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Thread started 23 Apr 2004 (Friday) 21:46
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Isabella Toger Longwing - Justaredandyellowbutterfly

 
Scottes
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Apr 23, 2004 21:46 |  #1

Isabella Toger Longwing (Isabella Eueides) taken at a local butterfly house. Canon 10D, Sigma 105mm Macro, 420 EX with Lumiquest Ultrasoft, f/10, 1/160, FEC +2/3, ISO 100

In many ways this looks underexposed to me, but so far I've taken about 40 pictures of one of these guys across 3 outings and today was the first time I got yellow in the wing like it is in real life.

I have a tendency to visit these butterfly houses on dismal or rainy days - why waste the sun? - so I tend to be very dependent on flash when I shoot them. (They'll be outside soon, I hope.) The 420 EX is not fun when you're totally dependent on flash - a 550 EX is starting to look very useful. I've found a good diffusion device to be very helpful with dark butterfly houses due to the glare of their scales. The OmniBounce doesn't do much, the Lumiquest Pocket Bounce is still too harsh this close because it doesn't diffuse. The Lumiquest Ultrasoft seems to be pretty darn good.


Of course all this goes out the window when I start chasing them outside in the sun. :)

Any comments or critiques about the picture or the above prattle is appreciated.

IMAGE: http://www.itsanadventure.com/postimages/IsabellaTiger750_3681.jpg

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shniks
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Apr 24, 2004 00:43 |  #2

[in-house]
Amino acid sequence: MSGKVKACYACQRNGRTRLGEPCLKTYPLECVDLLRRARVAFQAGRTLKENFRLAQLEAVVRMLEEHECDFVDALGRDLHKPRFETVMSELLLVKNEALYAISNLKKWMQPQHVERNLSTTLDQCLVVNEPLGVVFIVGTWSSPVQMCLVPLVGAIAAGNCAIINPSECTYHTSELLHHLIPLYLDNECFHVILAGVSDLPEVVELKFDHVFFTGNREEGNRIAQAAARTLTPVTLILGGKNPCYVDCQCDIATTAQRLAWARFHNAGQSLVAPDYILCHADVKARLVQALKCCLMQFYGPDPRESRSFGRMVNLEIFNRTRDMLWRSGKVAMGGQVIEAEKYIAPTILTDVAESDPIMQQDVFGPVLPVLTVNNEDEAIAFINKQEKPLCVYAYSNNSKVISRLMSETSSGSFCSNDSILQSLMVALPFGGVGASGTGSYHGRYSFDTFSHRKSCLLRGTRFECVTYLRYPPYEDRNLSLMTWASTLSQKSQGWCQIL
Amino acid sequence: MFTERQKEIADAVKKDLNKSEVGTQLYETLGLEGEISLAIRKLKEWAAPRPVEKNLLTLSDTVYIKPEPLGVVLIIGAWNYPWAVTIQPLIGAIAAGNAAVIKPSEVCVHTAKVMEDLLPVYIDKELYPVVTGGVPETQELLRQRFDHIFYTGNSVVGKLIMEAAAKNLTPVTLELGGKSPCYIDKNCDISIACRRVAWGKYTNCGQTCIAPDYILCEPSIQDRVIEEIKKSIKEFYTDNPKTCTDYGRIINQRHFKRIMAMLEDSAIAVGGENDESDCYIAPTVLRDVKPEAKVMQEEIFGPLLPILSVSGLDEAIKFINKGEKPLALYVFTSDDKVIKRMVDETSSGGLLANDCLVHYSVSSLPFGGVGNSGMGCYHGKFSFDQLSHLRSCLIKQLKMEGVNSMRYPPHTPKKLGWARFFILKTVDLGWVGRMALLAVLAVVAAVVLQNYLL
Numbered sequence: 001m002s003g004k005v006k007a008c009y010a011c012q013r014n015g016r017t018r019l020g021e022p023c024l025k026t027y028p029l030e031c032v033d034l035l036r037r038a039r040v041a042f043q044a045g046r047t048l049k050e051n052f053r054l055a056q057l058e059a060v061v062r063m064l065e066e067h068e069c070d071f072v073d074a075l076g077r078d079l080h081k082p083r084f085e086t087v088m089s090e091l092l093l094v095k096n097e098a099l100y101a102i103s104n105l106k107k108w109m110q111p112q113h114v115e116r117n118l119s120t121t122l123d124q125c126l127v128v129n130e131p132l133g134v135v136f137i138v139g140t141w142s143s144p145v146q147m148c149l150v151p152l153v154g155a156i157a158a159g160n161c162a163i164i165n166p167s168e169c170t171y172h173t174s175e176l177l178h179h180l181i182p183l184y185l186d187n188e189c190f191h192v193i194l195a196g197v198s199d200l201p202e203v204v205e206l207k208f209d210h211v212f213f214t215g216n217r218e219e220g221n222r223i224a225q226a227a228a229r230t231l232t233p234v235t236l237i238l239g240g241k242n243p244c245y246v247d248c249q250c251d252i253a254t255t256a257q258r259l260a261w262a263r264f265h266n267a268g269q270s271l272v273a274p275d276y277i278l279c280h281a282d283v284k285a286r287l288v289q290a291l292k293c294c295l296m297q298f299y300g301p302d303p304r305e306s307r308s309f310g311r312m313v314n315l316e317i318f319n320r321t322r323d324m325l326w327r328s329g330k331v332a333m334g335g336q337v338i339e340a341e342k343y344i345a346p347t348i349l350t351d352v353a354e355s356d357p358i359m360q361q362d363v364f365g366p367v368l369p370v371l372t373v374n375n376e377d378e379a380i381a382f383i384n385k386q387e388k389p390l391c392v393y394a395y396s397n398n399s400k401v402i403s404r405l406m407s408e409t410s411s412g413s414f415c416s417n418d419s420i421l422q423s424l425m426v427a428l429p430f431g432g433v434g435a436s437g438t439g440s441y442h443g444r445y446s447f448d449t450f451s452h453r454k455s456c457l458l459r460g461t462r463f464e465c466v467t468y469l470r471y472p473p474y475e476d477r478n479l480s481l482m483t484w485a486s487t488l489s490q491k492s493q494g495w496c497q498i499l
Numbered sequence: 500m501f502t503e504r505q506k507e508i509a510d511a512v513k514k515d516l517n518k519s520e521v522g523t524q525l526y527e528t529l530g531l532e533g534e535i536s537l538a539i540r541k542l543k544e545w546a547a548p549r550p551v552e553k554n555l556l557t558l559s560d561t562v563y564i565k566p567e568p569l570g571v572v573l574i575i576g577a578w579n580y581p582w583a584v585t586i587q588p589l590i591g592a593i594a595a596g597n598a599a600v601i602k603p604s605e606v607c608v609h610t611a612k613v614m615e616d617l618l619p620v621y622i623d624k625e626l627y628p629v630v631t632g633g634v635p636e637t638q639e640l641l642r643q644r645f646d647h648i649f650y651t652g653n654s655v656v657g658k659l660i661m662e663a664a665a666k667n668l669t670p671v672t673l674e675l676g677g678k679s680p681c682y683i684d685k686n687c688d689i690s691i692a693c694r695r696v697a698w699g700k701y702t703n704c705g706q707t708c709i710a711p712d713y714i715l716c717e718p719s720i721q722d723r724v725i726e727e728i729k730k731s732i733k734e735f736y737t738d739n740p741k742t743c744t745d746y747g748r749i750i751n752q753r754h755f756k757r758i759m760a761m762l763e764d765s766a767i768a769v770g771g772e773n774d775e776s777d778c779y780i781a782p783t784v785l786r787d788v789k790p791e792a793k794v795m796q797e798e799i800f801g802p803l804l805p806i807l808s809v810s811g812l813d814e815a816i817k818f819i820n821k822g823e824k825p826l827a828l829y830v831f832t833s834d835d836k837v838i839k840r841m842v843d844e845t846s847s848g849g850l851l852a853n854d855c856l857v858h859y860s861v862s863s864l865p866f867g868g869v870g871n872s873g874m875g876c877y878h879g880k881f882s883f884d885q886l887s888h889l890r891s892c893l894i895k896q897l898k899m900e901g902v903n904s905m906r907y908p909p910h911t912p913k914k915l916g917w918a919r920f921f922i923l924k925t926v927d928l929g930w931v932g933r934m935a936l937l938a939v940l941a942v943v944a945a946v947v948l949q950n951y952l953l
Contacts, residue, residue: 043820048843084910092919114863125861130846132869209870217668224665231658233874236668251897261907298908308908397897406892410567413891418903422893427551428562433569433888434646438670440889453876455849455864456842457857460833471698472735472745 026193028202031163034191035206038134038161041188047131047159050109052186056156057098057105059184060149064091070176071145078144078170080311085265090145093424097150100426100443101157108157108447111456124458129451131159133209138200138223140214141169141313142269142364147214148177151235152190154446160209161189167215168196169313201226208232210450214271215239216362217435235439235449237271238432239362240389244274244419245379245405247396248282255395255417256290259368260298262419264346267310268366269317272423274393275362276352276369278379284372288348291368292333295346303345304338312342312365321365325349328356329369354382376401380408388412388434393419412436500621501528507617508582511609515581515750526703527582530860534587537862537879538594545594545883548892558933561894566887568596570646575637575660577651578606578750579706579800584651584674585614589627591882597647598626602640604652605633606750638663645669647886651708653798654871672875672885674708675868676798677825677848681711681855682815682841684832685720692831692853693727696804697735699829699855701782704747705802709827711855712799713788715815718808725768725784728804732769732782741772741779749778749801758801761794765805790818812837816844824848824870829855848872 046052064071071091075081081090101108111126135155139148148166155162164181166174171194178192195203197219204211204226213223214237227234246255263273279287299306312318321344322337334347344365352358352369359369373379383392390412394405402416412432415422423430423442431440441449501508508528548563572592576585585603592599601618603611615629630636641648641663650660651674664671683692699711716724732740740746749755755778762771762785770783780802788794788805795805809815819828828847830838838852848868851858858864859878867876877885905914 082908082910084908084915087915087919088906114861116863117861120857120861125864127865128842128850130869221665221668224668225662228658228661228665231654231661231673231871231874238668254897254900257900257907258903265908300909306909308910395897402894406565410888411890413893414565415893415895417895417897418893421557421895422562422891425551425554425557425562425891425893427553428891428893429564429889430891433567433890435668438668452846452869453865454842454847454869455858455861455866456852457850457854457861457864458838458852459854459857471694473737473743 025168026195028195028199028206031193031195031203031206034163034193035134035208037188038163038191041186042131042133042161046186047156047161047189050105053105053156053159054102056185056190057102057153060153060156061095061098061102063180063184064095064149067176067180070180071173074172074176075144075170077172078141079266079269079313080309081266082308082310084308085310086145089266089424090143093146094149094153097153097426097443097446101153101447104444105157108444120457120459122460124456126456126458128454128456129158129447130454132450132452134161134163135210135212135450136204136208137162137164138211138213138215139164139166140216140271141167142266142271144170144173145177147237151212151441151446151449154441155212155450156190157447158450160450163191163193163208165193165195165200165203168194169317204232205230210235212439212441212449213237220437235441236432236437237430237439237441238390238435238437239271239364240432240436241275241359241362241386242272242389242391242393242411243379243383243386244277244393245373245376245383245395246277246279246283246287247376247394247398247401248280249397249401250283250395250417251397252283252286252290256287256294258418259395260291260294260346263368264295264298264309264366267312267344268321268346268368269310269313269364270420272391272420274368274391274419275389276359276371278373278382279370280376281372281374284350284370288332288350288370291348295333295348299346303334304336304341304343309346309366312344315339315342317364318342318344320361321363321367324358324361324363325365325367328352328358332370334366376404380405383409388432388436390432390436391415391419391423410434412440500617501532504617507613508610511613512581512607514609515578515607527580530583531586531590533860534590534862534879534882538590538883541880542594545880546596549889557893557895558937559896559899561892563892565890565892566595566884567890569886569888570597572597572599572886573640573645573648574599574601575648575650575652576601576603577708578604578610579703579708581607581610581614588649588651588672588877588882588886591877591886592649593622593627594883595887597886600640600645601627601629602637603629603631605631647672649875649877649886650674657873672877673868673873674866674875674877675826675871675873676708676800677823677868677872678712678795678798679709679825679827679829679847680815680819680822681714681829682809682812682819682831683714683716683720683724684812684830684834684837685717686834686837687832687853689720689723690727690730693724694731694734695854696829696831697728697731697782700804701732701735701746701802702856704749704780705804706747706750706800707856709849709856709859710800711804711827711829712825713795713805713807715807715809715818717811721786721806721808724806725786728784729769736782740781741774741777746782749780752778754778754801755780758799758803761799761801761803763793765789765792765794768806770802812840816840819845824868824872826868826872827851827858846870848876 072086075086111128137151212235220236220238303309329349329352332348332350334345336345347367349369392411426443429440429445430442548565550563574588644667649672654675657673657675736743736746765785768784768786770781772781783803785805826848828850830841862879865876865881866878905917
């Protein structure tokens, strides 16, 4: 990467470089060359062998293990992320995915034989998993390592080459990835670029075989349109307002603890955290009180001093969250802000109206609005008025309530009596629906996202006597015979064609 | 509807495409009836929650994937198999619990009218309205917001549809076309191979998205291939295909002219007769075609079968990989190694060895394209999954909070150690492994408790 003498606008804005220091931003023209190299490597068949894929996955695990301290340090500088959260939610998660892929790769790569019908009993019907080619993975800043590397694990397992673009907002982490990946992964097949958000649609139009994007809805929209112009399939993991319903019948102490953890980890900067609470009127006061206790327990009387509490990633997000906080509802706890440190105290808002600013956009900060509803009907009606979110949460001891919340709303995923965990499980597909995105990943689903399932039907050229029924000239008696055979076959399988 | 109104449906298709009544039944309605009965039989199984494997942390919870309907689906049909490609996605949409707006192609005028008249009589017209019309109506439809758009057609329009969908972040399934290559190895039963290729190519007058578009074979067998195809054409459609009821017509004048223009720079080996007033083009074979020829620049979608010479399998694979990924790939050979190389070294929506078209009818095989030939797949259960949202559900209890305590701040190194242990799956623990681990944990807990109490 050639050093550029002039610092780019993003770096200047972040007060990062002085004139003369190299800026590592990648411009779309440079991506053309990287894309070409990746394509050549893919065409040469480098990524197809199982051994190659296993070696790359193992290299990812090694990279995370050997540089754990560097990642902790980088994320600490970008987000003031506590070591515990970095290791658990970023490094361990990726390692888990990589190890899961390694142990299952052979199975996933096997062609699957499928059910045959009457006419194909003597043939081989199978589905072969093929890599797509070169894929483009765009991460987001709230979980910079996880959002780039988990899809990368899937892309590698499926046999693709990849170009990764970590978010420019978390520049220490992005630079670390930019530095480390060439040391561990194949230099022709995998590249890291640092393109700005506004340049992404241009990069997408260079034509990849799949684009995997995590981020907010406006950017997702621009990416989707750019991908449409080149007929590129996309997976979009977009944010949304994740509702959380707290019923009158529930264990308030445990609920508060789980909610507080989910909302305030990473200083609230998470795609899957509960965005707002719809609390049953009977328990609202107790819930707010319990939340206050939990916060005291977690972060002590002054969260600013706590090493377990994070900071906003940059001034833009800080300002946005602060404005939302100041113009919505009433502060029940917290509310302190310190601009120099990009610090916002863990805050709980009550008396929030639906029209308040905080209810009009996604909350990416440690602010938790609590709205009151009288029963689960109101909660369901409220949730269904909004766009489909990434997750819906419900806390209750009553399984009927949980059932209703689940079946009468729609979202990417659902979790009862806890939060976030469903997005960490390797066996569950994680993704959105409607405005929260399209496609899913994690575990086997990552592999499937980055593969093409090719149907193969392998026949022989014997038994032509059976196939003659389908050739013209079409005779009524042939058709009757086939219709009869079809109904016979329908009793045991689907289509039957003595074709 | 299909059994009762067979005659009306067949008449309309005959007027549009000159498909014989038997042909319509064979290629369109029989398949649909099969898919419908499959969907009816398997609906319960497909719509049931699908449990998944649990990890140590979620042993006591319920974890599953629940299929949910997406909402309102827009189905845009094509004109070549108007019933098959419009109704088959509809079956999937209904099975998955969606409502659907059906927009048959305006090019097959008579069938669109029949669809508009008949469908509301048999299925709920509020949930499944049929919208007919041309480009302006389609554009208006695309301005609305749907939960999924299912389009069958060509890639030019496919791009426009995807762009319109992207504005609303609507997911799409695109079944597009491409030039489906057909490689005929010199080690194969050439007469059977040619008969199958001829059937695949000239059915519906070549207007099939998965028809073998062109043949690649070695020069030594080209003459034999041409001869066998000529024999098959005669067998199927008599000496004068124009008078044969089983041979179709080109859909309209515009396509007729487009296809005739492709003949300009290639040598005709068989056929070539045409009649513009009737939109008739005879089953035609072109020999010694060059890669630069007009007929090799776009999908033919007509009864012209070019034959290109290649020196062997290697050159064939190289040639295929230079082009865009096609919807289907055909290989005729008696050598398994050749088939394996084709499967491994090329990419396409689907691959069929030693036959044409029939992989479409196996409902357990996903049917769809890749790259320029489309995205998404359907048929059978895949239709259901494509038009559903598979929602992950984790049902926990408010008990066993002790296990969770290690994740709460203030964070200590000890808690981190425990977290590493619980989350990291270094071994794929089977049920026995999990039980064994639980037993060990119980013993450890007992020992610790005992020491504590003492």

Its beautiful, I feel I can almost reach over and touch it.




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IanD
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Apr 24, 2004 03:21 |  #3

Really nice capture. Colours are excellent.


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stoneylonesome
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Apr 24, 2004 04:58 |  #4

Great shot, you are so right outside in the garden FORGET IT they just fly around to darn fast :lol:


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JZaun
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Apr 24, 2004 05:29 |  #5

Yep I'm gonna have to pay more attention If I hope to learn how do get great butterfly shots like that one :D

JZ




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Laziferous
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Apr 24, 2004 07:01 |  #6

Nicely done Scott!


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Scottes
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Apr 24, 2004 07:47 |  #7

JZaun wrote:
Yep I'm gonna have to pay more attention If I hope to learn how do get great butterfly shots like that one

We'll trade - you show me how to take pictures of flowers, and I'll show you how to take pictures of butterflies.

It's taken me long enough to get an idea of how to shoot butterflies... I've probably got 500+ photos of butterflies under my belt. You'd think it would be easy to get a good picture in a butterfly house...


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Apr 24, 2004 09:07 |  #8

Nice shot!


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PacAce
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Apr 24, 2004 11:20 |  #9

Scott, that's a nice picture of the butterfly. And the lighting is just right. Thanks for the tip on the Lumiquest Ultrasoft. I'm going to look into it myself.

Re the exposure, I think it's just perfect. If you were to go any brighter you would definitely blow the red and lose the natural looking yellow color and the details in it.


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Scottes